Neurotheology is the scientific study of religious or spiritual experiences and feelings. By using psychology and neuroscience, scientists explore the biological basis of religious experiences and are beginning to uncover the capabilities of the human mind. Neurologists have found evidence in the mechanics of the human brain that facilitates the capacity for spiritual, religious, or mystical experience and leads to an intermingling of science and religion. Neurotheology claims that the hardwiring of the human brain not only makes religion possible, but also makes it capable of being passed on through the genes as a physically distinct mechanism of cultural transmission, allowing religion to be selected as an adaptive behavior.
Religion has contributed to human evolution and continues to be a universal behavior even in apparently scientific times. In fact, statistics show that 70% of the world’s population affiliate themselves with some religious or spiritual practice, whether they engage regularly or not.
It is important to understand what is meant by religious, mystical, or spiritual experience. It is the universal, transcendental state described by many as a feeling of being at one with the world, their God, everyone, or themselves, depending on the vocabulary of the religion with which they are affiliated. It often involves a period of deep concentration that is termed meditation or prayer by some religions, but also has been known to happen spontaneously to those without conventional religious belief. This would lead one to believe that it is in the potential of all human brains to have a mystical experience, not just those using religious vocabulary to describe it. Studies show that the potential of each person lies in his or her willingness to let the experience happen.
To understand how the human brain could possibly be wired for the internal mystical experiences of religion, we must first understand how our brain works to interpret our surrounding environment. The brain has several association areas in the cerebral cortex that are designed to put together all of the perceptions our other sensory organs experience. The ultimate goal of these areas is to help us understand the world around us and decide on specific responses.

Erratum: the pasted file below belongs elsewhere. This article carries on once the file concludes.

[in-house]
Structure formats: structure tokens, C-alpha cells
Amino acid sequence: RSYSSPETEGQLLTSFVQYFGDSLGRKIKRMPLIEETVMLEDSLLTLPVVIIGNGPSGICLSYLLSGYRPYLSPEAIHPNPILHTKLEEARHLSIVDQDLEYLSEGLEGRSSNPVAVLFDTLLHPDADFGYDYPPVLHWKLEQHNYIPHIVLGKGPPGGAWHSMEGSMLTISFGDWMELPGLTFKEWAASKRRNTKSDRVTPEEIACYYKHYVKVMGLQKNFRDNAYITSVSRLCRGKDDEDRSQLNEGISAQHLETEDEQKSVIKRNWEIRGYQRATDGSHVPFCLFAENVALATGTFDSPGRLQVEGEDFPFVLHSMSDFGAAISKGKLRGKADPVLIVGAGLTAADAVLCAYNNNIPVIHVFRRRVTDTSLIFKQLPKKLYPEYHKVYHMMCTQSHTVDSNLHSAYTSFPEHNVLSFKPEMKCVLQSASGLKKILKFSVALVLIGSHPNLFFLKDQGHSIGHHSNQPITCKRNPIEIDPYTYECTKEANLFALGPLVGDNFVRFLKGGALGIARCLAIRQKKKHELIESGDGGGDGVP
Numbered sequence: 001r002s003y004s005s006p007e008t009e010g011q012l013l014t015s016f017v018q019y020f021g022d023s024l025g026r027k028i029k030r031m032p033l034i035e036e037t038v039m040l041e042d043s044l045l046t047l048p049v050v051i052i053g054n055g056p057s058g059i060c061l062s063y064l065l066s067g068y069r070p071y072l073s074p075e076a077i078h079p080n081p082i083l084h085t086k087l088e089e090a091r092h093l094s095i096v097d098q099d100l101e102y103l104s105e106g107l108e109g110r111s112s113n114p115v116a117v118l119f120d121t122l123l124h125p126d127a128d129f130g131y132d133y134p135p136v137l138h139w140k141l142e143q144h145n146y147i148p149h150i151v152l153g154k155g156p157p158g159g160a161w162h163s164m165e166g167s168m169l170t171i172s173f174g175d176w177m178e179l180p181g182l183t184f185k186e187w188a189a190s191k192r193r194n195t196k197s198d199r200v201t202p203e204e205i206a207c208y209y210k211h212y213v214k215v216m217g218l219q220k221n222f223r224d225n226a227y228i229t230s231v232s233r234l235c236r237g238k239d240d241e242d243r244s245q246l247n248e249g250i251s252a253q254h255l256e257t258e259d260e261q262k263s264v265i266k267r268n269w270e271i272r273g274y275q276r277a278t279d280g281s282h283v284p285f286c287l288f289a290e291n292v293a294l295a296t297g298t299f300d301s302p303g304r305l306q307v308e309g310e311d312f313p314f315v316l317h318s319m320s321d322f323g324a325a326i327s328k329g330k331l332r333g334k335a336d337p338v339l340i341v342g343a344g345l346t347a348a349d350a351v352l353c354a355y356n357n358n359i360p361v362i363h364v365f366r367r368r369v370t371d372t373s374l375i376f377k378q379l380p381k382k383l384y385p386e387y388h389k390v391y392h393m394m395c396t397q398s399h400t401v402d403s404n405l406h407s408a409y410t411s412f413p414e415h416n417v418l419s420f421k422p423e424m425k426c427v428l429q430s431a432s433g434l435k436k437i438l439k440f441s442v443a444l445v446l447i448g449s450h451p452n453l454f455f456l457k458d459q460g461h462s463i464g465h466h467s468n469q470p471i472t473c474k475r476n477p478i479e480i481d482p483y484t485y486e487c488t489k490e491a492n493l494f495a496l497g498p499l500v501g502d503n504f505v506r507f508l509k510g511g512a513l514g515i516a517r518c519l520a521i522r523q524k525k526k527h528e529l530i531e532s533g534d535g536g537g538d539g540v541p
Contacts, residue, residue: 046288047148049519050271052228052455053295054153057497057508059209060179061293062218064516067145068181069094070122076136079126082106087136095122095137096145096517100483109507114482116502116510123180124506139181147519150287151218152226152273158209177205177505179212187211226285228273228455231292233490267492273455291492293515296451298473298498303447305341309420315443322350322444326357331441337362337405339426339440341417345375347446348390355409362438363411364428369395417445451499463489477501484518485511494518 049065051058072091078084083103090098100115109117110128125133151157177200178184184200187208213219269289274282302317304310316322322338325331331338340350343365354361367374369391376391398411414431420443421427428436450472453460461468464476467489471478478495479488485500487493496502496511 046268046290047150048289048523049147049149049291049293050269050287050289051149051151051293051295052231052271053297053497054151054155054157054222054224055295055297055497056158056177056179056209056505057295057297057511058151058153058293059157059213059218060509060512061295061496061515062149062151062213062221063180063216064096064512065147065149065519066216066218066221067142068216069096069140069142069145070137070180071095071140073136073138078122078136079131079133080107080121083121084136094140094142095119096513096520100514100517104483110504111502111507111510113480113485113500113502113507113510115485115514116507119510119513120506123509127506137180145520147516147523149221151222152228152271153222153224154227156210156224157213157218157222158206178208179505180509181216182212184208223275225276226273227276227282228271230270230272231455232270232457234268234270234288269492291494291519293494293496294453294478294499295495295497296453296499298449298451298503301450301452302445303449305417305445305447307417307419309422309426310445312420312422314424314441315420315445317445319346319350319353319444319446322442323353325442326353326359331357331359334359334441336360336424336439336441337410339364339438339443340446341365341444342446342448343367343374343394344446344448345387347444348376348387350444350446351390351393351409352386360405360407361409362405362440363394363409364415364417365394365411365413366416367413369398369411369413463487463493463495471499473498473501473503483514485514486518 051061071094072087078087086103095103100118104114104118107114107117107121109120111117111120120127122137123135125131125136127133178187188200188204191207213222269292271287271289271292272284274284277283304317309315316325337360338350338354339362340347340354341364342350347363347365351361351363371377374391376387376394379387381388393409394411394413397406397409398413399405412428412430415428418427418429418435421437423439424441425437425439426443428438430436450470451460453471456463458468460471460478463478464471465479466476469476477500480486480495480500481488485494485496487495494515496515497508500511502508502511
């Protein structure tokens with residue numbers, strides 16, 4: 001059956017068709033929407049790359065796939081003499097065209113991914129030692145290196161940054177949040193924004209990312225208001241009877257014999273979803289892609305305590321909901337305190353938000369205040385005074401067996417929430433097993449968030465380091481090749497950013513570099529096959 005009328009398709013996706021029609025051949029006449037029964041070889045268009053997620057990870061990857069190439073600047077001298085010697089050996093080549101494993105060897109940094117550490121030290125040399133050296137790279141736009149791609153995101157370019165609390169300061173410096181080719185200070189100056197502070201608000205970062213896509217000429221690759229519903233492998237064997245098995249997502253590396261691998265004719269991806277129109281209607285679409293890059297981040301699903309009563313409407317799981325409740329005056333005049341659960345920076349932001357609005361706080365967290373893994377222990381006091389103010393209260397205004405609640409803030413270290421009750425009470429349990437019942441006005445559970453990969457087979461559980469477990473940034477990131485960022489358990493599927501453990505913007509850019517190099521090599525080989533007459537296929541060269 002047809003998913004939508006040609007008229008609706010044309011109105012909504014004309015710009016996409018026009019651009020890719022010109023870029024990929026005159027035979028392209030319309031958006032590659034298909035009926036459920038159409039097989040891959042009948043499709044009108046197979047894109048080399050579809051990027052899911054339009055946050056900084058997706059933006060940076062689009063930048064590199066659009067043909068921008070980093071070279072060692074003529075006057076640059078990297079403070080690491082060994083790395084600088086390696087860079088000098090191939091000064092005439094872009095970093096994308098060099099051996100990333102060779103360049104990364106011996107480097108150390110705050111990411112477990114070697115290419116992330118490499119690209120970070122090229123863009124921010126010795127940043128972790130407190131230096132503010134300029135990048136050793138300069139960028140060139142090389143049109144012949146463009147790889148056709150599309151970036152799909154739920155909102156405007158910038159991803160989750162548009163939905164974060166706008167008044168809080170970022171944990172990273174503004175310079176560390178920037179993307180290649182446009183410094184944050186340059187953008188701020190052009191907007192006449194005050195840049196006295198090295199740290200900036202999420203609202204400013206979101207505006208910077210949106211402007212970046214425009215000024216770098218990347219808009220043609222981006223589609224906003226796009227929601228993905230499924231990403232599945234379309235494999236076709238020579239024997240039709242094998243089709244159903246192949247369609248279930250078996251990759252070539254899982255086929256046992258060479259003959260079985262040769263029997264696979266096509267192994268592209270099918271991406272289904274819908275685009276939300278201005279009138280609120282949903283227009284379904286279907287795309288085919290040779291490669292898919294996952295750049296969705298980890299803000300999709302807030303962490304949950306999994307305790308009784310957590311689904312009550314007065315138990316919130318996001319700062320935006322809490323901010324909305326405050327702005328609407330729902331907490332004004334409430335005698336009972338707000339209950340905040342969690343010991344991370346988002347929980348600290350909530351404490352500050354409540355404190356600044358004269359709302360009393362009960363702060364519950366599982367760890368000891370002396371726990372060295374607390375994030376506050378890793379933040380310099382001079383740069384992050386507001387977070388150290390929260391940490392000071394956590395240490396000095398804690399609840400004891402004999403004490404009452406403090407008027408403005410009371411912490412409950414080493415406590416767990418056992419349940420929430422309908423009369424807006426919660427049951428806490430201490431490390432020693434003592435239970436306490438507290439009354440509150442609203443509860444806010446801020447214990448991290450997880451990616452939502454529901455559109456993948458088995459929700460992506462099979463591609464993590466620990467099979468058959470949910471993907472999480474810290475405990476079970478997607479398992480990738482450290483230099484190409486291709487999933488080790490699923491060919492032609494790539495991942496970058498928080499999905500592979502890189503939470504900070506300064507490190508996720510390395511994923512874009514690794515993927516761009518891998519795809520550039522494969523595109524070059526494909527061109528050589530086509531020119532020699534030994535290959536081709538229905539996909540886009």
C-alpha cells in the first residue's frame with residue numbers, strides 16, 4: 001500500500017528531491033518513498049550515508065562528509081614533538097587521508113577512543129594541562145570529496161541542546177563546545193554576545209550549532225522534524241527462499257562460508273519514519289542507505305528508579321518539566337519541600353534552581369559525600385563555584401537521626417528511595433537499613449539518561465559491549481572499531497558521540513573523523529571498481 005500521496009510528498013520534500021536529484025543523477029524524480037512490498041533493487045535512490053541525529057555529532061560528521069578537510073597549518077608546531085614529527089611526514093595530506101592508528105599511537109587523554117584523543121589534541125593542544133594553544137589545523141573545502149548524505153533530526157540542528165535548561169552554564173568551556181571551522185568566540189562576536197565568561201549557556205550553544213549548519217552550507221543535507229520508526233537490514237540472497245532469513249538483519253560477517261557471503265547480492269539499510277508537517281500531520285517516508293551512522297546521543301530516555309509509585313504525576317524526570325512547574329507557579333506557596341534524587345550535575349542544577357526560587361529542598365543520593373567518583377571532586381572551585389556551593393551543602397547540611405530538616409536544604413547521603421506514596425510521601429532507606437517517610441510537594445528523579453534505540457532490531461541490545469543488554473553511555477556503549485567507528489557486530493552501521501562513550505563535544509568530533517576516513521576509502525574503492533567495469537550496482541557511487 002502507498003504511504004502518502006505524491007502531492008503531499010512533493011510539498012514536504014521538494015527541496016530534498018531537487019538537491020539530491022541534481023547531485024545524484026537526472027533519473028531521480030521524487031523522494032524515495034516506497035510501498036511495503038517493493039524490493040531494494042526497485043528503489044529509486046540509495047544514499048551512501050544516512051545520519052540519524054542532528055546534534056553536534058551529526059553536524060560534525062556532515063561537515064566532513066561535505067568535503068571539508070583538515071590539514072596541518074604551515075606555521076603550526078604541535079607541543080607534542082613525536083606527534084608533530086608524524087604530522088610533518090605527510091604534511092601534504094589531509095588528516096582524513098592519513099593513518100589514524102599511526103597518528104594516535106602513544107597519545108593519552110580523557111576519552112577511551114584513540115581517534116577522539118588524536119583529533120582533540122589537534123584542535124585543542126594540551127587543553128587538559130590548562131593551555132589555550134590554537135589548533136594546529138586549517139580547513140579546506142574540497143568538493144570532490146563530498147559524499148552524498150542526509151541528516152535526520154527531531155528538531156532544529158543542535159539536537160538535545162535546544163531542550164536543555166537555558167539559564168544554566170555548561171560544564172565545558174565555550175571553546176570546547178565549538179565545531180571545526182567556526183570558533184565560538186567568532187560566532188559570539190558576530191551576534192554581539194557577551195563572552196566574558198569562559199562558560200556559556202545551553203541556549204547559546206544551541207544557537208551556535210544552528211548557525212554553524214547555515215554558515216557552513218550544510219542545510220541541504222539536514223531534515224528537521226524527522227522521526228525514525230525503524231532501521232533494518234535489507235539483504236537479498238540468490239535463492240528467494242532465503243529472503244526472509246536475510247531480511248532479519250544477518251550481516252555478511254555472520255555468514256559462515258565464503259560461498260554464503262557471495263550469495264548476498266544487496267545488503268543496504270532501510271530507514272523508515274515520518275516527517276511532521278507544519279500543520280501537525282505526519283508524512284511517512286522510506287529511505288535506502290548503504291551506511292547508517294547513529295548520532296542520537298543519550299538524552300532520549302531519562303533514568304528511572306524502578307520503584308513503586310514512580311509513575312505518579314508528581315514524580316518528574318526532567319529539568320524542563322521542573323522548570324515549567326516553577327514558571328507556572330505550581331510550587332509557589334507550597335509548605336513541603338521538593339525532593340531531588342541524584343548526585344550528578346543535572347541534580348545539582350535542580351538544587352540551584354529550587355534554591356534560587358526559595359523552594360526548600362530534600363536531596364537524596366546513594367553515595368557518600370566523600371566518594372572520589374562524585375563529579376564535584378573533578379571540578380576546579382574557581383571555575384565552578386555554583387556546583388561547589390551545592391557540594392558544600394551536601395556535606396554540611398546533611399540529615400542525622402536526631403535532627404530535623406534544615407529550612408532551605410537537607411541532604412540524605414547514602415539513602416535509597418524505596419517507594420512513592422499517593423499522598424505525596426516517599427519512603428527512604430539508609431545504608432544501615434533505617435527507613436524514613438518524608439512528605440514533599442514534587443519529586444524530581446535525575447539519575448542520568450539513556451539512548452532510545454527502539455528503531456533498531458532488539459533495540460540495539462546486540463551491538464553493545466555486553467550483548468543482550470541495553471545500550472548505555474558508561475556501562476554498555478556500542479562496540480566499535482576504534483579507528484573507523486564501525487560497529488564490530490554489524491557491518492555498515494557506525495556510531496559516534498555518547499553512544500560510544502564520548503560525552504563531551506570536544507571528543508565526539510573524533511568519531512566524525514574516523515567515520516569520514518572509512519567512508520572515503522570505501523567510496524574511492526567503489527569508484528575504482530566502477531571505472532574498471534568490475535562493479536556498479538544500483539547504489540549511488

Andrew Newberg and Eugene D’Aquili believe that four association areas play an important part in producing the potential for religious perception. The visual association area aids in our ability to visually recognize people, places, and things, allowing our memories to hold a visual composition of events or perceived events. The verbal conceptual association area allows us to generate abstract concepts and describe them with words; it is located in the temporal, parietal, and occipital lobes of the brain.
The orientation association area (OAA) and the attention association area (AAA) are the most important to religious experience. The OAA is in the posterior section of the parietal lobe and receives sensory input that creates the three-dimensional sense of body and orients the body in its surrounding space. There are two OAAs in each hemisphere of the brain that function in related but distinct fashions. The left OAA creates the sensation of a limited, physically defined body. The right OAA generates spatial coordinates that provide the body with the limits of its surroundings. The two OAAs intermingle information to create a defined body that has a definite space around it in which it can move. Because spiritual experiences involve an altered sense of the time and space in which the body or the “self” exists, the OAAs are important to the reality of the experience.
The AAA is referred to as the seat of the will and is in the prefrontal cortex of the brain. It is involved in the complex choreography of integrating bodily movements and behaviors associated with reaching goals. From the seemingly simple task of reaching for an object to the laborious thought process involved in deep concentration or focus, function is therefore a main factor in the experience of transcendental states of being.